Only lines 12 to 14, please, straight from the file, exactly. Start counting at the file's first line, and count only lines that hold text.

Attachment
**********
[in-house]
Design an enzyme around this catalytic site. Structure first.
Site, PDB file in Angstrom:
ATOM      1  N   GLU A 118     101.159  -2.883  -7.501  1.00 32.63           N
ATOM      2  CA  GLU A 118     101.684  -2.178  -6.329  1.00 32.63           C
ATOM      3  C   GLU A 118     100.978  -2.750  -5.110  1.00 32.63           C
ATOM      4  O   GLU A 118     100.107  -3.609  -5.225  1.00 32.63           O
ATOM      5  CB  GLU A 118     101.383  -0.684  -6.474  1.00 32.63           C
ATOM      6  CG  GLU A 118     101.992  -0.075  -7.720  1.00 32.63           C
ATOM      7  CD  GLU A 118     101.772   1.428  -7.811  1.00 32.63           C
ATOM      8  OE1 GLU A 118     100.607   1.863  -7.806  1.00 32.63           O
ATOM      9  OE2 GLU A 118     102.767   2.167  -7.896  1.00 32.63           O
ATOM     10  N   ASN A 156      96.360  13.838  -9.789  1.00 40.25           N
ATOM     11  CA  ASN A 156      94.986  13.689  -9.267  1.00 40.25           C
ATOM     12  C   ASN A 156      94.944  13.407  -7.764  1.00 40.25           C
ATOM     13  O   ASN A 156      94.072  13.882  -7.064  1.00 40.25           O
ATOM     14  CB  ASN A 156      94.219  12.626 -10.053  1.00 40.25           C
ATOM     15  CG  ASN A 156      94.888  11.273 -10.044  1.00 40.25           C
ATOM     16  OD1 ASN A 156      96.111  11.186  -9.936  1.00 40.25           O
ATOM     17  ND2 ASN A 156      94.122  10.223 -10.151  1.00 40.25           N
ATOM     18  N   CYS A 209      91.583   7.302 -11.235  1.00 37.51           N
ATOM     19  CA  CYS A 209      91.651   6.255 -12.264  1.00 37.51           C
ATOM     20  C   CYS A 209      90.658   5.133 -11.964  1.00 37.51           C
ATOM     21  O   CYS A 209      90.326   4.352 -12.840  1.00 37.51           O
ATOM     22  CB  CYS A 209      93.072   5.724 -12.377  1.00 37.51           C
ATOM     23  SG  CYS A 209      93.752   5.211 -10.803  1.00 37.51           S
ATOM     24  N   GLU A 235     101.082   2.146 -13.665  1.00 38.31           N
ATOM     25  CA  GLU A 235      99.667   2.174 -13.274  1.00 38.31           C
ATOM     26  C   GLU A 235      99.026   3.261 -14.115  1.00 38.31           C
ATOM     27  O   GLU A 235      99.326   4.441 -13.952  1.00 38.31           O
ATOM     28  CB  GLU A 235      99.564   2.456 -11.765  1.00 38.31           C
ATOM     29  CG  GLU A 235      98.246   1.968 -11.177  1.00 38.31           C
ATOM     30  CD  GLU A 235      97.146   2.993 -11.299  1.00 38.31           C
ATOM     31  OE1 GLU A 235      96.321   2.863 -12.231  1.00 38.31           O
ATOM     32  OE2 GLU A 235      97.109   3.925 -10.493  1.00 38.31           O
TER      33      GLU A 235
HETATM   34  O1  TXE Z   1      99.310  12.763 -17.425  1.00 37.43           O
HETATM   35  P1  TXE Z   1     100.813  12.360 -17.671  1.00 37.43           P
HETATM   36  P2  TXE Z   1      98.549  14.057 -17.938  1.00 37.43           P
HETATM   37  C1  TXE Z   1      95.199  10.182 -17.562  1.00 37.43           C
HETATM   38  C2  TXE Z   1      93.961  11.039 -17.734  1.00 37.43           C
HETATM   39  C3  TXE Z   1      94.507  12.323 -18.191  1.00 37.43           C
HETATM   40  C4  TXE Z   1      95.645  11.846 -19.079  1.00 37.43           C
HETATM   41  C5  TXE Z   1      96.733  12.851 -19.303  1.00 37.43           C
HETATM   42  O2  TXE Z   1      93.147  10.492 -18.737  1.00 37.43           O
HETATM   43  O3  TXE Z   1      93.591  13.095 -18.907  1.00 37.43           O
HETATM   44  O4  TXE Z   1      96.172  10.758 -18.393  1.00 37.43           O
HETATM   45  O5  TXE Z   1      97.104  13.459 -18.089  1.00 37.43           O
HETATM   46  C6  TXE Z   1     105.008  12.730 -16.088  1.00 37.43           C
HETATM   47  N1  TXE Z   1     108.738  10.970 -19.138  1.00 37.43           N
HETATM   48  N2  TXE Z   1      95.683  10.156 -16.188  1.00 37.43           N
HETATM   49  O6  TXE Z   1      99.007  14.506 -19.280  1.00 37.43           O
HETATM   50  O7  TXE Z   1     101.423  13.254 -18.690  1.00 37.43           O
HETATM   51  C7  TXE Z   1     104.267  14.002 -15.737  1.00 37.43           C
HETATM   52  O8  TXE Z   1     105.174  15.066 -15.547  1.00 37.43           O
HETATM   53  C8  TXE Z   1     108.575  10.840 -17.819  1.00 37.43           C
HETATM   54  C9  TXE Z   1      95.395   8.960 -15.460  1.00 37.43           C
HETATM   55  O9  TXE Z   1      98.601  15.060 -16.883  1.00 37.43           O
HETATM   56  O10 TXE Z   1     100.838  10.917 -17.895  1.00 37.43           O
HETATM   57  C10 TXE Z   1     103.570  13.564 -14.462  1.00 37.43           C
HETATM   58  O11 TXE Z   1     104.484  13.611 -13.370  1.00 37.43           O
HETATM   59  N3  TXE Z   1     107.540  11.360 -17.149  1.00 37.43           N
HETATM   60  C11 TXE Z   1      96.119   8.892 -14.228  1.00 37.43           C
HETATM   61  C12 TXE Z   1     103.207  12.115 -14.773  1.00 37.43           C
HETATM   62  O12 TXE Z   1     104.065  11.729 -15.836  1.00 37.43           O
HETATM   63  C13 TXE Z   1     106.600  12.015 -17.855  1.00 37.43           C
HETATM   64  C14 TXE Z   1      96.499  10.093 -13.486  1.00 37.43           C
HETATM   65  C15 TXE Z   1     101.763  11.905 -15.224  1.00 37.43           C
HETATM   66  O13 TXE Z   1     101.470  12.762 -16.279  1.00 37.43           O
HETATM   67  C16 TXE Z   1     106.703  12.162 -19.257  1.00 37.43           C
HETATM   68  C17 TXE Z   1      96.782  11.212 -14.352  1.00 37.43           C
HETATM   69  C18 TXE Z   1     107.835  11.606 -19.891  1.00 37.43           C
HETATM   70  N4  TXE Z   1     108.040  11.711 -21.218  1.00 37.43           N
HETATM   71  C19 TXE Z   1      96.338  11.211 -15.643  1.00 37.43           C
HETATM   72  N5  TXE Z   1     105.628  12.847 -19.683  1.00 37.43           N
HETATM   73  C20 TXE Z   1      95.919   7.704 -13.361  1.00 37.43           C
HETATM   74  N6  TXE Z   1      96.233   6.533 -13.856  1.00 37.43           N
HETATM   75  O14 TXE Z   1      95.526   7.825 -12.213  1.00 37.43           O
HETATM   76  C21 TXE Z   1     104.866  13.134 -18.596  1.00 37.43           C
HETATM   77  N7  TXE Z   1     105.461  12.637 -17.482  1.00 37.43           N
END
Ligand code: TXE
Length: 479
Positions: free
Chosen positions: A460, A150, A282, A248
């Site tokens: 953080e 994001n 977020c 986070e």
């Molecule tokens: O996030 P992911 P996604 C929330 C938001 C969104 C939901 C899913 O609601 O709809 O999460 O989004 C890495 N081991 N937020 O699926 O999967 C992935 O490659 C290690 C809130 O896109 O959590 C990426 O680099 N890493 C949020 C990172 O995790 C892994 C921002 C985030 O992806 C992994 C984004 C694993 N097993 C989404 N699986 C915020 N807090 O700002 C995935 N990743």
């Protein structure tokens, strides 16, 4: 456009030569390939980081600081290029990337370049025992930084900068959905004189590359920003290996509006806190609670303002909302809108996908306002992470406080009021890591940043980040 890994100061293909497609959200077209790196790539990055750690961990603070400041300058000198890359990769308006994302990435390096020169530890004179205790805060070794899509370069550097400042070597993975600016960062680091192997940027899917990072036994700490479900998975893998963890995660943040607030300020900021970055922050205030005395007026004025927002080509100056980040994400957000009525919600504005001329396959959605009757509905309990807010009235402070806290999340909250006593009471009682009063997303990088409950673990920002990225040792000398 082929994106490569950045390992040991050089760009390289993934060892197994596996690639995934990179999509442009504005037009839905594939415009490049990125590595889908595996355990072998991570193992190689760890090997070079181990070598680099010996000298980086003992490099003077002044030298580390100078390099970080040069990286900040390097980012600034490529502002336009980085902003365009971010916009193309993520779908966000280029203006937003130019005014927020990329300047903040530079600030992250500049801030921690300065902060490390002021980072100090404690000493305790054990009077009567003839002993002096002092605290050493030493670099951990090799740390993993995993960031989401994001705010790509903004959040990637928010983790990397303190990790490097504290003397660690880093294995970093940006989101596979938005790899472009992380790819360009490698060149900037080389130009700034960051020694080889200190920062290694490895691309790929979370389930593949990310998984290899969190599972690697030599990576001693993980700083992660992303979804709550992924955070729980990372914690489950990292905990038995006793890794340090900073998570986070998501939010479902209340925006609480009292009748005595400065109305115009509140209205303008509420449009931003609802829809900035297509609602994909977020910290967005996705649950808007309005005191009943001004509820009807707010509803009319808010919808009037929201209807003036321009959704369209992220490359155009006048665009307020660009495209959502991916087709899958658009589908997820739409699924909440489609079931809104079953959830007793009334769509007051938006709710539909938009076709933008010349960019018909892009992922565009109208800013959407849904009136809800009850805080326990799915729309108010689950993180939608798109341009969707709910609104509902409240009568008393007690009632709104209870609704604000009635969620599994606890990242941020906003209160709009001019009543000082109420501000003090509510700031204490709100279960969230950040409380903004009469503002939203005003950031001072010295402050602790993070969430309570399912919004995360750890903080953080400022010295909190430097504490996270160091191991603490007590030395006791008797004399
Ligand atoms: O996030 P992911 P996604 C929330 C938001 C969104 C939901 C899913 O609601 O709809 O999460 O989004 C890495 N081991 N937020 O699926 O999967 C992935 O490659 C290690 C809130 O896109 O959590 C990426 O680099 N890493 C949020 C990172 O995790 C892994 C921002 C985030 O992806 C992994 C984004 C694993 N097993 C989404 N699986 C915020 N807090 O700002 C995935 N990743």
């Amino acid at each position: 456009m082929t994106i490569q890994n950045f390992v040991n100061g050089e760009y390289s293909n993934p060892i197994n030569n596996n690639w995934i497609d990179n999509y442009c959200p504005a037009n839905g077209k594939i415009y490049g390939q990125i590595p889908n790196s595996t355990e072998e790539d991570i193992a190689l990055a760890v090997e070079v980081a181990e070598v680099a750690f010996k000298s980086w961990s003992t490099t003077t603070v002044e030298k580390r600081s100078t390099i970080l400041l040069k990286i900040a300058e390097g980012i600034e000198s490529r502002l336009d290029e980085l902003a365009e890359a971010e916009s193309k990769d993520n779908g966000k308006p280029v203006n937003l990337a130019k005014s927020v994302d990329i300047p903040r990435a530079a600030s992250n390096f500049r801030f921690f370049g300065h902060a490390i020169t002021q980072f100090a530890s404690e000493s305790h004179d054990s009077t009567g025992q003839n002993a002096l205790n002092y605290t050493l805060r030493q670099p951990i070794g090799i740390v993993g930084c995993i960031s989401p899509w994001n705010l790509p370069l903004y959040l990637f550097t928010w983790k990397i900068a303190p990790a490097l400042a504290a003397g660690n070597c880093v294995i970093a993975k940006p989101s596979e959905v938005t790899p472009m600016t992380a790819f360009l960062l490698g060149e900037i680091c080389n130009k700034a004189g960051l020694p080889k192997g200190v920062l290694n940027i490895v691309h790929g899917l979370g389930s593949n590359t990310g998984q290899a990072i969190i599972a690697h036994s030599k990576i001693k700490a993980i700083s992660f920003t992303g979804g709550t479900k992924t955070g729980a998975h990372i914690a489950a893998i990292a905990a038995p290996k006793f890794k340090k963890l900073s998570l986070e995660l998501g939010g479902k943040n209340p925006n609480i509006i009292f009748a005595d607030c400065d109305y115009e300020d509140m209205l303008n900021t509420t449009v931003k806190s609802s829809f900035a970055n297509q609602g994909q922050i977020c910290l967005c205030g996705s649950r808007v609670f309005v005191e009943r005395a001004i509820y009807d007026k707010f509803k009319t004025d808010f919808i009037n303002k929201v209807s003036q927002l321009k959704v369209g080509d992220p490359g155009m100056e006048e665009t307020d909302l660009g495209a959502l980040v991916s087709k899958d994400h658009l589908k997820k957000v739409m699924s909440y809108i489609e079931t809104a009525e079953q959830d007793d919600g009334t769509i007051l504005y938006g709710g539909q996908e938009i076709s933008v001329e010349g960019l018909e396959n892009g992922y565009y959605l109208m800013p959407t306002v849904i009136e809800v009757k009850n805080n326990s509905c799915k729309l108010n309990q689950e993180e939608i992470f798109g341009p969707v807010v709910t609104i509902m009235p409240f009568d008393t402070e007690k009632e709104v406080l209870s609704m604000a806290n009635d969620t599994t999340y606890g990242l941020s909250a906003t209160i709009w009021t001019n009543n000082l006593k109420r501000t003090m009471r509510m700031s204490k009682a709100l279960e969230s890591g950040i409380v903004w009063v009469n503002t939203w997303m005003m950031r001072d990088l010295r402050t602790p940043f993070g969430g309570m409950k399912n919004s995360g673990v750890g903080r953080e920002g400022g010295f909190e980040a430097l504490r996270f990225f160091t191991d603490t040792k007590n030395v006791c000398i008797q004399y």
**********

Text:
ATOM      9  OE2 GLU A 118     102.767   2.167  -7.896  1.00 32.63           O
ATOM     10  N   ASN A 156      96.360  13.838  -9.789  1.00 40.25           N
ATOM     11  CA  ASN A 156      94.986  13.689  -9.267  1.00 40.25           C